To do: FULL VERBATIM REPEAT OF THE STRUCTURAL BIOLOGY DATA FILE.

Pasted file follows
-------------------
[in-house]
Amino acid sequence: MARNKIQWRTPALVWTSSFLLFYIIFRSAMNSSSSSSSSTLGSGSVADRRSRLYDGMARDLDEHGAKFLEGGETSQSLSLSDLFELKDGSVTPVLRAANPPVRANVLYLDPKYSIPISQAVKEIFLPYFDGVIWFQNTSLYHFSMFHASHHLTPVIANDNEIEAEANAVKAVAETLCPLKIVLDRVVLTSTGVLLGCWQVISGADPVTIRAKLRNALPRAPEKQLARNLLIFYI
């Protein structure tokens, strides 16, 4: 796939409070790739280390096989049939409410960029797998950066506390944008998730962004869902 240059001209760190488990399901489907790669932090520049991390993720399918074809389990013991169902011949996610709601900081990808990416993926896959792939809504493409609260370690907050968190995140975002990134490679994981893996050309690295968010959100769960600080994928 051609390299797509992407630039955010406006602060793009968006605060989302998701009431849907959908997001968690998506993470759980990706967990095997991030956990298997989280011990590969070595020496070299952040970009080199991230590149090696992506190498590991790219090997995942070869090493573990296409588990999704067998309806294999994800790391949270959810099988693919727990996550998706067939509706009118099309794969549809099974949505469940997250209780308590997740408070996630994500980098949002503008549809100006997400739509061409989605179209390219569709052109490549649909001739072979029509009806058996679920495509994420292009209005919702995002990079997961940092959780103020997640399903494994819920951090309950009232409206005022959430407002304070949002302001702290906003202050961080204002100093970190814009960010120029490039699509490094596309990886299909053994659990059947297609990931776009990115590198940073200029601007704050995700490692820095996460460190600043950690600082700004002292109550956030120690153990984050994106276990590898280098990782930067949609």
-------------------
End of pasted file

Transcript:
[in-house]
Amino acid sequence: MARNKIQWRTPALVWTSSFLLFYIIFRSAMNSSSSSSSSTLGSGSVADRRSRLYDGMARDLDEHGAKFLEGGETSQSLSLSDLFELKDGSVTPVLRAANPPVRANVLYLDPKYSIPISQAVKEIFLPYFDGVIWFQNTSLYHFSMFHASHHLTPVIANDNEIEAEANAVKAVAETLCPLKIVLDRVVLTSTGVLLGCWQVISGADPVTIRAKLRNALPRAPEKQLARNLLIFYI
């Protein structure tokens, strides 16, 4: 796939409070790739280390096989049939409410960029797998950066506390944008998730962004869902 240059001209760190488990399901489907790669932090520049991390993720399918074809389990013991169902011949996610709601900081990808990416993926896959792939809504493409609260370690907050968190995140975002990134490679994981893996050309690295968010959100769960600080994928 051609390299797509992407630039955010406006602060793009968006605060989302998701009431849907959908997001968690998506993470759980990706967990095997991030956990298997989280011990590969070595020496070299952040970009080199991230590149090696992506190498590991790219090997995942070869090493573990296409588990999704067998309806294999994800790391949270959810099988693919727990996550998706067939509706009118099309794969549809099974949505469940997250209780308590997740408070996630994500980098949002503008549809100006997400739509061409989605179209390219569709052109490549649909001739072979029509009806058996679920495509994420292009209005919702995002990079997961940092959780103020997640399903494994819920951090309950009232409206005022959430407002304070949002302001702290906003202050961080204002100093970190814009960010120029490039699509490094596309990886299909053994659990059947297609990931776009990115590198940073200029601007704050995700490692820095996460460190600043950690600082700004002292109550956030120690153990984050994106276990590898280098990782930067949609």